The Anglican church sees things differently. For the church, a union in the sight of God, according to God’s desires, is being undermined. Officially, they view marriage not in terms of moral equality, and, typically of religious organisations, their prurience regarding peoples’ sexual behaviour allows them to cloud the issue. I don’t recall signing any declaration of procreation, (albeit, in keeping with my non-minority status, I have two children), so they are on very shaky ground here. The Bible, read as a whole, doesn’t come out unequivocally in favour of monogamous heterosexual marriage (how many wives did King Solomon have?), so it’s difficult to see what the church’s issue is.

The Government has proposed extending marriage rights to same-sex couples. Predictably, the Anglican Church opposes this extension, despite provision being made to take account of such religious opposition.

The Church of England is committed to the traditional understanding of the institution of marriage as being between one man and one woman.

The Church of England supports the way civil partnerships offer same-sex couples equal rights and responsibilities to married heterosexual couples.  Opening marriage to same-sex couples would confer few if any new legal rights on the part of those already in a civil partnership, yet would require multiple changes to law, with the definition of marriage having to change for everyone.

It’s not at all clear in what way the definition of marriage would have to change “for everyone”. It wouldn’t change for me, for a start. It would only change for those people for whom it meant a heterosexual union in the first place, and therefore it would only change for those people who desire a continuation of institutional discrimination. But the church is correct in that change from civil union to marriage would be barely noticeable. Indeed, the only that we have so-called civil unions in the first place was a a sop to religious feelings. Which begs the question, why do they oppose such an anti-discriminatory measure?

The issue of whether marriage should be redefined to include those of the same-sex is a more complicated picture than has been painted.  Arguments that suggest ‘religious marriage’ is separate and different from ‘civil marriage’, and will not be affected by the proposed redefinition, misunderstand the legal nature of marriage in this country. They mistake the form of the ceremony for the institution itself.

Currently, the legal institution of marriage into which people enter is the same whether they marry using a civil or a religious form of ceremony. And arguments that seek to treat ‘religious marriage’ as being a different institution fail to recognise the enduring place of the established church in providing marriages that have full state recognition. The Church of England will continue to argue against changing the definition of marriage, which has supported society for so long.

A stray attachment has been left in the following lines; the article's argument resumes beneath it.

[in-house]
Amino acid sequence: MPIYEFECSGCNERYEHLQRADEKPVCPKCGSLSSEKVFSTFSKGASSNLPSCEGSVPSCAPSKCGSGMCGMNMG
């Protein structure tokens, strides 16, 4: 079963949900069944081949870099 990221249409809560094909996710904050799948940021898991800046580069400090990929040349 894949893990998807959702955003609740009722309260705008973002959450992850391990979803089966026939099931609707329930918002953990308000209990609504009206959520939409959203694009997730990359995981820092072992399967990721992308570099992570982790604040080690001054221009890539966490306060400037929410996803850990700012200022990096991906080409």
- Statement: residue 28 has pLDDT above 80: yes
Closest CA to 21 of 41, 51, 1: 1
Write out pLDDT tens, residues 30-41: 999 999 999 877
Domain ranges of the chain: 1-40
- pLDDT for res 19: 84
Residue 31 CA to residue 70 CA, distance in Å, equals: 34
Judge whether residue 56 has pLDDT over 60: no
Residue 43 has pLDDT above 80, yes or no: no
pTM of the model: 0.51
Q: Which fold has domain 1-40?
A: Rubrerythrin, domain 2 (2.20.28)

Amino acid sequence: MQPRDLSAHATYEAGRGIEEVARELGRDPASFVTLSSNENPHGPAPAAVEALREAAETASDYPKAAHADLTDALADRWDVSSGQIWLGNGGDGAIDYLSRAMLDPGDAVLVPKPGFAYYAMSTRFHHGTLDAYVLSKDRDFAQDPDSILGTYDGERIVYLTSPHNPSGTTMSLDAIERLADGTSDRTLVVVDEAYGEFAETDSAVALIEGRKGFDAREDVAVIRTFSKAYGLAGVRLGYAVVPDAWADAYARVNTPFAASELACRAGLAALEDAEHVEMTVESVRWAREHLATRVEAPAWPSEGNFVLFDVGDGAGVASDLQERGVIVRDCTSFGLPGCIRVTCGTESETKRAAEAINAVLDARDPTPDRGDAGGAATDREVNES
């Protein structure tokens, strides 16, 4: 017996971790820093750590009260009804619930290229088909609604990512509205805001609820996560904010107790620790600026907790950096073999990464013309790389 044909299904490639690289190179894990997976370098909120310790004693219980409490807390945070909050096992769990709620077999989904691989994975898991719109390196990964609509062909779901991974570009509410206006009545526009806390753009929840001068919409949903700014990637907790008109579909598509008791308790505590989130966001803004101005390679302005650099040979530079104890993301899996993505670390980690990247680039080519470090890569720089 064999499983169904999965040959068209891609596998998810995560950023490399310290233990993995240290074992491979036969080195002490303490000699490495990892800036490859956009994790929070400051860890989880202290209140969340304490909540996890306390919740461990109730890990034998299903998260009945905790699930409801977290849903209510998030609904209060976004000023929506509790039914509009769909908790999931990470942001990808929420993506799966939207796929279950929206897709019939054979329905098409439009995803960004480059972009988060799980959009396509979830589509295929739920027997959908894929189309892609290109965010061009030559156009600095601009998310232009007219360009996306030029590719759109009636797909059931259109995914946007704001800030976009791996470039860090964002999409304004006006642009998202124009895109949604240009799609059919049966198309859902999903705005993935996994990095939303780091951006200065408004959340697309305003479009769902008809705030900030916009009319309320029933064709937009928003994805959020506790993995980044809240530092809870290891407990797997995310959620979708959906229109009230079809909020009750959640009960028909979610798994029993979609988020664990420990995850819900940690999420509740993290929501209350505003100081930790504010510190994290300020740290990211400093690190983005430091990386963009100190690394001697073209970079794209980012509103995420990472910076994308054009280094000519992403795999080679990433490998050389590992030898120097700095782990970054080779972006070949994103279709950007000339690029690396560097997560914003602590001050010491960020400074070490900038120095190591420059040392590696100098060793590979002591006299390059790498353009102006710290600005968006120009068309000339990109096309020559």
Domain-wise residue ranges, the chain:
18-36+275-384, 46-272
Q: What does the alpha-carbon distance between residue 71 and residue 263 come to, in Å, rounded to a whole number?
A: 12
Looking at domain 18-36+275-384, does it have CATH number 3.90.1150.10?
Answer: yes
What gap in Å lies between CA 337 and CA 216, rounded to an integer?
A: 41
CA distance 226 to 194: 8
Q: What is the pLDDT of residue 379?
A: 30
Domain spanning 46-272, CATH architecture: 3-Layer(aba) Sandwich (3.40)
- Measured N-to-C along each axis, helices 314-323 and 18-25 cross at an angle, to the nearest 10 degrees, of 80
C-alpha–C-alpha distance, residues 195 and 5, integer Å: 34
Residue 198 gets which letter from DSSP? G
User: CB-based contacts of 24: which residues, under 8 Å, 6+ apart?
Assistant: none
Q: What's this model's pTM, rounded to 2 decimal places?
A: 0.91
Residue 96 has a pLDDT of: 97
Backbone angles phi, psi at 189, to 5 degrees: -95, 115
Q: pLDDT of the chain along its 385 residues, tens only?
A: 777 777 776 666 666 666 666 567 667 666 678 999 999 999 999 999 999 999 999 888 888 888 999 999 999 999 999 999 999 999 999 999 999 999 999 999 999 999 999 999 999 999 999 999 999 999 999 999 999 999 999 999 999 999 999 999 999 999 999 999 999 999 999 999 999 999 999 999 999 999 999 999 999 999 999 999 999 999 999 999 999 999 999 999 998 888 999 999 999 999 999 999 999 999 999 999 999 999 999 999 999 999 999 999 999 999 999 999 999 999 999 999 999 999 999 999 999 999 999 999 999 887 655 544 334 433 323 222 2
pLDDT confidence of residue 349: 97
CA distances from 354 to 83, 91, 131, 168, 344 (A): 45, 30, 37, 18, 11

As I’ve already made clear and the above paragraphs seem to agree, “religious marriage” has no legal force on its own – it is merely ceremonial. The church is just a “traditional” provider, and despite what it might say, has no legal authority regarding who can marry whom. John Sentamu makes a curious statement:

We supported Civil Partnerships [the bishops in the House of Lords], because we believe that friendships are good for everybody. But then to turn Civil Partnerships into marriage, that’s not the role of government to create institutions that are not of its gifting. I don’t think it is the role of the state to define what marriage is. It is set in tradition and history and you can’t just [change it] overnight, no matter how powerful you are.

It’s not true that the Bishops in the House of Lords supported homosexual civil partnerships. But Sentamu is making an appeal not to church definitions but to “tradition and history”. History would have it that marriage is the union between a man and several wives, if the Bible is to be believed. If he is to be taken seriously then what is the church’s role in all this. If there is a definition then how should it work? If the state doesn’t get involved but merely acquiesces then wouldn’t this be worse for everyone?

Anyway, according to the church, these legislative changes will undermine its status as a marriage provider. Poppycock. It’s status is already undermined. Only 30-35% of marriages are currently preformed in church, and that includes other Christian denominations and other religious ceremonies. The Anglican church is already marginalised, not helped by its refusal to marry divorcees in some  cases. It is also marginalised within itself – on Saturday (16 June) on the BBC breakfast news the newspapers (and the Daily Mail) were reviewed by an Anglican vicar, bearing in mind this apparent controversy. Notably, the vicar was a female supporter of gay marriage, so the Anglicans can’t even be consistent. Once again, the church as a whole is seen to be lagging while the rest of us are growing up morally. No doubt things will change soon enough and we’ll forget this debate ever took place – Sentamu is already leading the way in forgetfulness.

They say that this could weaken the tie between church and state – again, ironic as the raison d’etre for the church was Henry VIII’s divorce – which is somehow detrimental to us. If anything is detrimental it is the attitude of the church towards legalised discrimination. I look forward to the day when these attitudes are completely marginalised.


Addendum: The Anglican Church won’t disappear, of course. More likely than not, while groups like the Pentecostals grow into an extremist subculture, the CofE will adapt as it always has. I don’t go to church much at all, but I can’t remember the last time I saw a service from a male vicar. However, this didn’t happen without argument, and although this argument still persists today, the battle for female equality has effectively been won in the UK, if not at all in the growing Anglican constituency in Africa. I predict that in a generation’s time, gay marriages will be conducted in Anglican churches without even a raised eyebrow. However, this is only because the church will be forced to adapt to society rather than the other way round. And it is this that I’m talking about when I talk of irrelevance.